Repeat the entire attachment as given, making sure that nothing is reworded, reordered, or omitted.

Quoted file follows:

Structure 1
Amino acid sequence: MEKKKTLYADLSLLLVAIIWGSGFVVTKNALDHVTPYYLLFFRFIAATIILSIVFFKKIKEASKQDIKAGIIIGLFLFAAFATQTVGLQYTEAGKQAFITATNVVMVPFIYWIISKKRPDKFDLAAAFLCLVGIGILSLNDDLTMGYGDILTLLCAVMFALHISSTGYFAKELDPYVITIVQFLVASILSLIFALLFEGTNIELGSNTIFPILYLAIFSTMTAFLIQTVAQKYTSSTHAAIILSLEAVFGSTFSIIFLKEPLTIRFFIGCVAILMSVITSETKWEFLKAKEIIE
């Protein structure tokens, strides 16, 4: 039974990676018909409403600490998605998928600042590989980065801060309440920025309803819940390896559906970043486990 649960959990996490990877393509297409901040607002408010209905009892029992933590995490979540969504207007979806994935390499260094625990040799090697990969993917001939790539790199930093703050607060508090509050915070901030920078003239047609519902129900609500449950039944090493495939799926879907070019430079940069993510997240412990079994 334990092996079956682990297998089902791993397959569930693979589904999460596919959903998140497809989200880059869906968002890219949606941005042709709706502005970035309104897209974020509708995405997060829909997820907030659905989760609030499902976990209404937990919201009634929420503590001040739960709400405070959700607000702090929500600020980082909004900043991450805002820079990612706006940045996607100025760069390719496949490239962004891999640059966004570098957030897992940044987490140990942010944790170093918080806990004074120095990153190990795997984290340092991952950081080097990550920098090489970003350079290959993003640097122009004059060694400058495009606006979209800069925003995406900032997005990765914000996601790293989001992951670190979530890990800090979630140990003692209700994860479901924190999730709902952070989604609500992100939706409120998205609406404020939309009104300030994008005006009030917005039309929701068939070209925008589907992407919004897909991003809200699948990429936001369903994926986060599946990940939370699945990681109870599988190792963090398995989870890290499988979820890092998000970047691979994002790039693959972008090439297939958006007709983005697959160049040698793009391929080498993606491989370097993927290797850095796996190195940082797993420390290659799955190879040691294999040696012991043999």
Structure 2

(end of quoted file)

Structure 1
Amino acid sequence: MEKKKTLYADLSLLLVAIIWGSGFVVTKNALDHVTPYYLLFFRFIAATIILSIVFFKKIKEASKQDIKAGIIIGLFLFAAFATQTVGLQYTEAGKQAFITATNVVMVPFIYWIISKKRPDKFDLAAAFLCLVGIGILSLNDDLTMGYGDILTLLCAVMFALHISSTGYFAKELDPYVITIVQFLVASILSLIFALLFEGTNIELGSNTIFPILYLAIFSTMTAFLIQTVAQKYTSSTHAAIILSLEAVFGSTFSIIFLKEPLTIRFFIGCVAILMSVITSETKWEFLKAKEIIE
């Protein structure tokens, strides 16, 4: 039974990676018909409403600490998605998928600042590989980065801060309440920025309803819940390896559906970043486990 649960959990996490990877393509297409901040607002408010209905009892029992933590995490979540969504207007979806994935390499260094625990040799090697990969993917001939790539790199930093703050607060508090509050915070901030920078003239047609519902129900609500449950039944090493495939799926879907070019430079940069993510997240412990079994 334990092996079956682990297998089902791993397959569930693979589904999460596919959903998140497809989200880059869906968002890219949606941005042709709706502005970035309104897209974020509708995405997060829909997820907030659905989760609030499902976990209404937990919201009634929420503590001040739960709400405070959700607000702090929500600020980082909004900043991450805002820079990612706006940045996607100025760069390719496949490239962004891999640059966004570098957030897992940044987490140990942010944790170093918080806990004074120095990153190990795997984290340092991952950081080097990550920098090489970003350079290959993003640097122009004059060694400058495009606006979209800069925003995406900032997005990765914000996601790293989001992951670190979530890990800090979630140990003692209700994860479901924190999730709902952070989604609500992100939706409120998205609406404020939309009104300030994008005006009030917005039309929701068939070209925008589907992407919004897909991003809200699948990429936001369903994926986060599946990940939370699945990681109870599988190792963090398995989870890290499988979820890092998000970047691979994002790039693959972008090439297939958006007709983005697959160049040698793009391929080498993606491989370097993927290797850095796996190195940082797993420390290659799955190879040691294999040696012991043999």
Structure 2